Is WordPress a Platform or Product?

At Crowd Favorite we get a lot of inquiries from people who are interested in building something with or on WordPress. These potential projects vary greatly in scope and concept – some are just a couple of days, some are 6 months or more. To make things more complicated, these potential clients often view WordPress in very different ways. The main difference is fundamental – do they see WordPress as a platform or as a product?

Some people view WordPress as a CMS platform to build on. They want us to help them create a website, service, etc. and they see WordPress as a platform that their idea can be built on. For these projects we will typically use some existing tools for various features but build customized solutions based on the feature set we work to define with the client. The final solution typically has a smooth and cohesive back-end administrative interface and is logically consistent throughout the feature set.

These projects are typically larger engagements and these clients are typically willing to make a larger investment in the development of their project in exchange for a more cohesive, consistent and robust result.

On the other side of the spectrum are people who come to us viewing WordPress (and the thousands of plugins that themes that are available for it) as a product. These folks typically are looking to create a website with a certain feature set and may already have in mind a collection of existing plugins that they think may be useful for creating these features. They expect the project to be more a matter of configuration than development.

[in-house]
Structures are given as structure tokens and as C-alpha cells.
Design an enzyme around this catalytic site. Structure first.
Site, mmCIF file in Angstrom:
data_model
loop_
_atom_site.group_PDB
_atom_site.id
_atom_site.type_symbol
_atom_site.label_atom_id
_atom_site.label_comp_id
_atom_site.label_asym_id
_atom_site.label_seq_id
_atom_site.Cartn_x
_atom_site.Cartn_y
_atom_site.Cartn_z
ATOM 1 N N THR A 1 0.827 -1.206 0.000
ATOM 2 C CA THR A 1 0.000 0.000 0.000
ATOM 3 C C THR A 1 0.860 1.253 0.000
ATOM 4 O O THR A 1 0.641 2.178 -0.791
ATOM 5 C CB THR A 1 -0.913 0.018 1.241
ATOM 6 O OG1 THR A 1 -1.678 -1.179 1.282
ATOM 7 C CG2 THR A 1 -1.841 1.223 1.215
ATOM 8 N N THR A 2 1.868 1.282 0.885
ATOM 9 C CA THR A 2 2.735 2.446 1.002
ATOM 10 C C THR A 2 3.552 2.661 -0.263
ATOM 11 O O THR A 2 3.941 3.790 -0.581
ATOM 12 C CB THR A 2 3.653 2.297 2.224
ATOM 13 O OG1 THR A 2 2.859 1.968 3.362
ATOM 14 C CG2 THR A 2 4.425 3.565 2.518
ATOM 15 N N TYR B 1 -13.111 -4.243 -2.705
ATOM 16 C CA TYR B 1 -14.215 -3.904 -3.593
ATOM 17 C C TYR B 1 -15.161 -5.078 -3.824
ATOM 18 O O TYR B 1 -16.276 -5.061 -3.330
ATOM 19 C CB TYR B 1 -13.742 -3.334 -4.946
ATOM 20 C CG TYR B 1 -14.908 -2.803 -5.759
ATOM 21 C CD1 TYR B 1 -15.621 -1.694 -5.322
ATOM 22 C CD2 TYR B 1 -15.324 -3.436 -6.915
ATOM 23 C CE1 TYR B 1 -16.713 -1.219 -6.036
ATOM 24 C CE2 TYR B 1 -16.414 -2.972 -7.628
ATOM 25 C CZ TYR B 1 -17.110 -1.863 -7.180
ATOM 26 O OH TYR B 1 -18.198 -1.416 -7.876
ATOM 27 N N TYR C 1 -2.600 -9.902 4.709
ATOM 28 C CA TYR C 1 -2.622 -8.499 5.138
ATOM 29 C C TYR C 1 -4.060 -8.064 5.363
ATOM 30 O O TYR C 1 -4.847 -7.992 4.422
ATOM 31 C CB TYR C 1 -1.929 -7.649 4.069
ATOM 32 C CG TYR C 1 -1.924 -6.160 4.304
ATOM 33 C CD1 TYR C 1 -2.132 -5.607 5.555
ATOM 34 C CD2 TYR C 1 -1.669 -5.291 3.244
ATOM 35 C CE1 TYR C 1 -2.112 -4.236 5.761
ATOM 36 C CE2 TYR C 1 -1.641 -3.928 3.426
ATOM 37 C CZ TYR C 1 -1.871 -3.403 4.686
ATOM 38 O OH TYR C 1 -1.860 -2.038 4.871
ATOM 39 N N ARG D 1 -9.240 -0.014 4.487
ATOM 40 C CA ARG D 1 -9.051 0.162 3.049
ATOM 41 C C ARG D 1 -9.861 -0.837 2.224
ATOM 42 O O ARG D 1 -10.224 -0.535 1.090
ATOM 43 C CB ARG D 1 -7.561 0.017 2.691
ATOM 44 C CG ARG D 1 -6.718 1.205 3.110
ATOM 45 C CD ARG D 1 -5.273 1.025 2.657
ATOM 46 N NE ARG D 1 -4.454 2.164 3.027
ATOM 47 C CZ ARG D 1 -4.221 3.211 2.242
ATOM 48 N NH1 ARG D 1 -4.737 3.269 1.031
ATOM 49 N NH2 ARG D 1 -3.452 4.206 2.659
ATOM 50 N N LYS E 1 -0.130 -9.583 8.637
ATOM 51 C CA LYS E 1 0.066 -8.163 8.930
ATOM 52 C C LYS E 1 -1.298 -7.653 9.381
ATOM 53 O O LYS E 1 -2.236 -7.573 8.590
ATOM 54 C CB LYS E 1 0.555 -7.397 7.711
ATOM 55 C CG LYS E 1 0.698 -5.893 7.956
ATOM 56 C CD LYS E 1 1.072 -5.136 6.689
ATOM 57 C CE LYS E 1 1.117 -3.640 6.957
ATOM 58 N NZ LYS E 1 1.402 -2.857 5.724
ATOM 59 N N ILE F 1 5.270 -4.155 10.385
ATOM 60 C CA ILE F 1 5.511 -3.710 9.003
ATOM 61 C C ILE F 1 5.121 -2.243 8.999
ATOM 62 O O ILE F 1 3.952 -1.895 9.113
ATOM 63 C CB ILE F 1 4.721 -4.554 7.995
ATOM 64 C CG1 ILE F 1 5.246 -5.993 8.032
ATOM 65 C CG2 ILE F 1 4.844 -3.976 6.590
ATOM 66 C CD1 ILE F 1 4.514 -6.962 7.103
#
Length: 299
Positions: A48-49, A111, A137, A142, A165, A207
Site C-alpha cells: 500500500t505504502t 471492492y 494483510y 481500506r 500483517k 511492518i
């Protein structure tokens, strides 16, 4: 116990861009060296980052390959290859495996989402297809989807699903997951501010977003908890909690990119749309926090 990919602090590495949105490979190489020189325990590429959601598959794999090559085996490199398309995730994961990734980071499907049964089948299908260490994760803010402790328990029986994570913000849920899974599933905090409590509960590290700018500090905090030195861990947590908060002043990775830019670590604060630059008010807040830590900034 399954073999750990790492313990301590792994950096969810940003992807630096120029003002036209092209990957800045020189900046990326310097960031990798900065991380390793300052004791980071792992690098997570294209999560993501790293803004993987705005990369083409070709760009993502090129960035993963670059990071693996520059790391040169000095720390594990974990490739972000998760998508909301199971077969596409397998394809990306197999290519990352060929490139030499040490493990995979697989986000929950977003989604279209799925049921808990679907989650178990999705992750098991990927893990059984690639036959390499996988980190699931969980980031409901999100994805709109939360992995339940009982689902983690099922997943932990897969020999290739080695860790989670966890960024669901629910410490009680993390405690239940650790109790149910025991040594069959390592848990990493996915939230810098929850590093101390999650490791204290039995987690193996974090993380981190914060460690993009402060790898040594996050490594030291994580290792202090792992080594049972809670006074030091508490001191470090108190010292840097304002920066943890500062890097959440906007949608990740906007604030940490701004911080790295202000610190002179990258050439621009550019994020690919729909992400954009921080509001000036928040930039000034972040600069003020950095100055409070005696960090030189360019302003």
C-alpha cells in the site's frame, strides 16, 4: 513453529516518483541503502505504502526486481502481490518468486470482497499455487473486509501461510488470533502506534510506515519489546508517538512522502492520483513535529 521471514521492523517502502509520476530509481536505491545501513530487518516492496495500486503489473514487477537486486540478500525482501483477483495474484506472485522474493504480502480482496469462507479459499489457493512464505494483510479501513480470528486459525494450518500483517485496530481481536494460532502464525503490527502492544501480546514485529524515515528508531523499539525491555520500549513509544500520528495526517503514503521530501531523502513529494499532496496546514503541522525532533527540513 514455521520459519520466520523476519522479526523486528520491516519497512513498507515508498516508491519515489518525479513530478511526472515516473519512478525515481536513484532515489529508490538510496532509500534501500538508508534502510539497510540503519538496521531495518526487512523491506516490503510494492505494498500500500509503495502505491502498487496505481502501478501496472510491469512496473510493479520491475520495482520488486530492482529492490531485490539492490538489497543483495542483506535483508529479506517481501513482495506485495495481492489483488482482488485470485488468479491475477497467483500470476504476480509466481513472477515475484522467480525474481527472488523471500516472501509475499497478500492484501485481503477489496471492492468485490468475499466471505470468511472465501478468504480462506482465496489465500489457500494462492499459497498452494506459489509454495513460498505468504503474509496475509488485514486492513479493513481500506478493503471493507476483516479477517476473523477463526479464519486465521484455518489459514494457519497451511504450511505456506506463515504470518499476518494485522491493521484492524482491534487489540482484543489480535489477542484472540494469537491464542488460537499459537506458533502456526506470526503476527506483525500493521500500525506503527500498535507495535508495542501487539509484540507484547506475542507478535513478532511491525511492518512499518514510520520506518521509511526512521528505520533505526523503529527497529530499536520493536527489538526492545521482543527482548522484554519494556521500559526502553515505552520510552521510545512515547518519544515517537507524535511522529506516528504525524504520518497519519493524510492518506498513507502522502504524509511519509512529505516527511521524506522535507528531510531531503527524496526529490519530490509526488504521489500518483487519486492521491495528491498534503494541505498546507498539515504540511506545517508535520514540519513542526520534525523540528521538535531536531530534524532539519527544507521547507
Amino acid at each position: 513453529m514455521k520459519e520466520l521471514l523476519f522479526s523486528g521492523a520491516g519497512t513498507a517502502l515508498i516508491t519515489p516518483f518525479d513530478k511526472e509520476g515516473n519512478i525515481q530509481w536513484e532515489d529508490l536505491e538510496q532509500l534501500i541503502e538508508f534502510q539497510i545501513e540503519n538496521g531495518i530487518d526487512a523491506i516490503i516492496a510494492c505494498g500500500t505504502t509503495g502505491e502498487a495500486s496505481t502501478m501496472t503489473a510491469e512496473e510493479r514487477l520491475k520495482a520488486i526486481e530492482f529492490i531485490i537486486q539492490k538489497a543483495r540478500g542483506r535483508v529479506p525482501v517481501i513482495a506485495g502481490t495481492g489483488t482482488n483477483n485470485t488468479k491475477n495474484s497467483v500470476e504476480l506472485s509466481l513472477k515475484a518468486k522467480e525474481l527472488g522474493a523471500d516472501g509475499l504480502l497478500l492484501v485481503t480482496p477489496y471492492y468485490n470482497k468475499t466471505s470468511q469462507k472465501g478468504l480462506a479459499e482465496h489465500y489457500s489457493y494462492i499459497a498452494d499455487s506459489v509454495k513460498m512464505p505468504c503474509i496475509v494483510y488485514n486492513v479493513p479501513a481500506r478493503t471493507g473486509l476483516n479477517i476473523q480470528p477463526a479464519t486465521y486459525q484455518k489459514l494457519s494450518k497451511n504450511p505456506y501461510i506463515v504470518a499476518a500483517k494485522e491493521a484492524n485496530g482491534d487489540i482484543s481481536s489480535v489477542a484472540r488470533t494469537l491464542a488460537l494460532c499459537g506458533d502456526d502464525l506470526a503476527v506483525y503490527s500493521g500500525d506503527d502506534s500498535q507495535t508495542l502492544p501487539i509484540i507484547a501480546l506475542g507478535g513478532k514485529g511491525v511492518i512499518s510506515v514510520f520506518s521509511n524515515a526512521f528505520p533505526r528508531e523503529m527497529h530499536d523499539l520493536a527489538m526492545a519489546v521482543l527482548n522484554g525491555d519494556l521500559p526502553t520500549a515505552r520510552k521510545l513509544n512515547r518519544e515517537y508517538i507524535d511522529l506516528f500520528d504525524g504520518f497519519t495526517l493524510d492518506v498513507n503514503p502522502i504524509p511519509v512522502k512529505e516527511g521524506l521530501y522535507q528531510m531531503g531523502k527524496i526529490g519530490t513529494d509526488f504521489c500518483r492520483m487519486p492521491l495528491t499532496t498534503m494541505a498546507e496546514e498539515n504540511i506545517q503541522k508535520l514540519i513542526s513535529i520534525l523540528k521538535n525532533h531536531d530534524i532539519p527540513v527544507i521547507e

These clients are typically primarily interested in keeping costs down and will trade elegance for expedience.

As you might imagine, these two very divergent approaches can lead to some significant challenges, especially when initially talking to potential clients.

The first thing we do is try to figure out which camp a project falls into. Once we know if it’s a platform or product project, everything gets quite a bit easier. This can be much more difficult than you might imagine. Our prospective clients typically see WordPress in only one way, while we can see it from many angles given our extensive experience. A number of clients will describe what sounds like a platform implementation, then all of a sudden they may tell us something that swerves onto the product path. The opposite can also be true. We always try to determine this as early in the process as possible, but we’ve also had rare cases where a project has switched tracks in the middle – I recommend doing all you can to avoid this.

Once we’ve established the type of project involved, we have to do a couple of things:

  1. determine if the client’s desired approach will lead to a successful implementation based on their description of the end result
  2. do a finger-in-the-air scope to budget check to make sure they are compatible
  3. determine if we are comfortable building the project as the client desires (we think it could be a product implementation, but there’s a Twinge…)
  4. if we get through all of the aforementioned, create a rough development outline for the purposes of creating an estimate

The first part here is the most important. It’s very important to us that we have a happy client at the end of a project. If we are hearing requirements that all lean towards a platform project but the client is voicing an opinion for a product implementation, that’s a concern. When everyone is on the same page, the chance of missing expectations is greatly reduced.